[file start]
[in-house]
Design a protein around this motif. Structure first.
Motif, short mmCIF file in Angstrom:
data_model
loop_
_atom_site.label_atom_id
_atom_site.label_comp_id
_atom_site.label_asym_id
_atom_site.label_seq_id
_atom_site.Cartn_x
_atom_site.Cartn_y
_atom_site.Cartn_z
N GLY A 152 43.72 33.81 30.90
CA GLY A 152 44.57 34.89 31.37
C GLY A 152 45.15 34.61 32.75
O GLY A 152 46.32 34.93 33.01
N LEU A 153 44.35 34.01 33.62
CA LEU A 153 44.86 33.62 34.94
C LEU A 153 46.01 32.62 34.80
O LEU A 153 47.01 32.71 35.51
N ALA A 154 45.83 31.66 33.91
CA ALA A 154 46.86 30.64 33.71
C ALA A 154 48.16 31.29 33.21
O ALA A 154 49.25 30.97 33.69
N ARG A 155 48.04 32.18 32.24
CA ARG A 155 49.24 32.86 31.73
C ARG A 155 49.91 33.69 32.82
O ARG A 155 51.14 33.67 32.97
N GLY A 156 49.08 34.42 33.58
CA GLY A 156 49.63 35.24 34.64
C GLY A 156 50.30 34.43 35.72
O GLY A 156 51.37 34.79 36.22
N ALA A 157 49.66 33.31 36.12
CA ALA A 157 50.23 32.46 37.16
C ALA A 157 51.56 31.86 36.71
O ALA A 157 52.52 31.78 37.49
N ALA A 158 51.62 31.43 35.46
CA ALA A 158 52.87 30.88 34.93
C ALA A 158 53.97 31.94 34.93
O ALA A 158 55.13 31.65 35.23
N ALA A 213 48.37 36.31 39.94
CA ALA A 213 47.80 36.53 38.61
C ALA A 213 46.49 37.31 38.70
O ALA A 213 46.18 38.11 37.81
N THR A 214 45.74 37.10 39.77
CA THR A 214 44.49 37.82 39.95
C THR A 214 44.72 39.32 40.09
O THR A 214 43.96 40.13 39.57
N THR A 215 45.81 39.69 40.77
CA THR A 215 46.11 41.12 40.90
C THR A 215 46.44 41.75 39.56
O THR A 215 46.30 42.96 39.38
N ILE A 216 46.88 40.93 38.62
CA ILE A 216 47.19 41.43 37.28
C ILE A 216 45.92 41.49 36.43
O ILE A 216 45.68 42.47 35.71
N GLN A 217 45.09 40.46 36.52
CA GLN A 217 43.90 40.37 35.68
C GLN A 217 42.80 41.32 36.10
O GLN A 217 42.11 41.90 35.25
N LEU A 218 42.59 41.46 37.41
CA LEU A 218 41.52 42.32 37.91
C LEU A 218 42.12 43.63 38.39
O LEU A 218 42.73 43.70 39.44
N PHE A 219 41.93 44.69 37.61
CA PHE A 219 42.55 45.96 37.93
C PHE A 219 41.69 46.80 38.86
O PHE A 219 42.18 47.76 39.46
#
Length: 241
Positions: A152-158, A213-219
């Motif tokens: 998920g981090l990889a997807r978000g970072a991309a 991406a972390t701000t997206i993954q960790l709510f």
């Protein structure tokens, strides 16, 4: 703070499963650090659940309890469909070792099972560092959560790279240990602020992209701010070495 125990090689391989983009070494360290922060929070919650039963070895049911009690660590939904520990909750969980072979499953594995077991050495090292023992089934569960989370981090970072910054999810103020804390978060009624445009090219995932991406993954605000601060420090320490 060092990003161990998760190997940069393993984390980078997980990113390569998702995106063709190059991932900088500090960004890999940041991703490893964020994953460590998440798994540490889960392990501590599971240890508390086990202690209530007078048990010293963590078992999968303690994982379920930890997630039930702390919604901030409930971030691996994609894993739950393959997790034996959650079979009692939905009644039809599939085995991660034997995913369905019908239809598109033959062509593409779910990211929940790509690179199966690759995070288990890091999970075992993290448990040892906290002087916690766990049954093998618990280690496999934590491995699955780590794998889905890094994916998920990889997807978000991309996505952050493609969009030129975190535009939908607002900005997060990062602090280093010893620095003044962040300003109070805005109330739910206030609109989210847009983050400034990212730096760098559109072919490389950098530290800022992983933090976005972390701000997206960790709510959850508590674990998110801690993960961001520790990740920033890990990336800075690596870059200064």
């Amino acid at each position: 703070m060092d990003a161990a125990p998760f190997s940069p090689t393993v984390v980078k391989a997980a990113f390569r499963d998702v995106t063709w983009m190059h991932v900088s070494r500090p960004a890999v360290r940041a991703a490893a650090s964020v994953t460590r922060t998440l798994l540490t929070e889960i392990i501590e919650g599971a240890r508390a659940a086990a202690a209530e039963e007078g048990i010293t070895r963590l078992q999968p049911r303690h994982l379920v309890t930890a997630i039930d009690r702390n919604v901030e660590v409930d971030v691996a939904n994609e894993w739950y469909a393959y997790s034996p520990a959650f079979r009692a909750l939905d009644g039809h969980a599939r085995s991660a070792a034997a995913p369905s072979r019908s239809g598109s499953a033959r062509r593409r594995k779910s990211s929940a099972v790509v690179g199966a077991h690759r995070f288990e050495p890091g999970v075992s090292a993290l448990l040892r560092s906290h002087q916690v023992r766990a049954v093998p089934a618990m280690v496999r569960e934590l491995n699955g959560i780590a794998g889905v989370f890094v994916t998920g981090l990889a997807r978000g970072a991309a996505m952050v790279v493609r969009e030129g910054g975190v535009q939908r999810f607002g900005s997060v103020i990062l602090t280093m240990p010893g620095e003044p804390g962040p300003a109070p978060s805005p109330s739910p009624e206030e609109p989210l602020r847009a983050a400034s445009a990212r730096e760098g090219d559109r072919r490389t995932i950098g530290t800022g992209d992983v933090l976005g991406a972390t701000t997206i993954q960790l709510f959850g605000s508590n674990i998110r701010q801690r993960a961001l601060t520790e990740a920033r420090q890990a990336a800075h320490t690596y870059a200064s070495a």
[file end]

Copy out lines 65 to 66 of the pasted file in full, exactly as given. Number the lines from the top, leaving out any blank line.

N PHE A 219 41.93 44.69 37.61
CA PHE A 219 42.55 45.96 37.93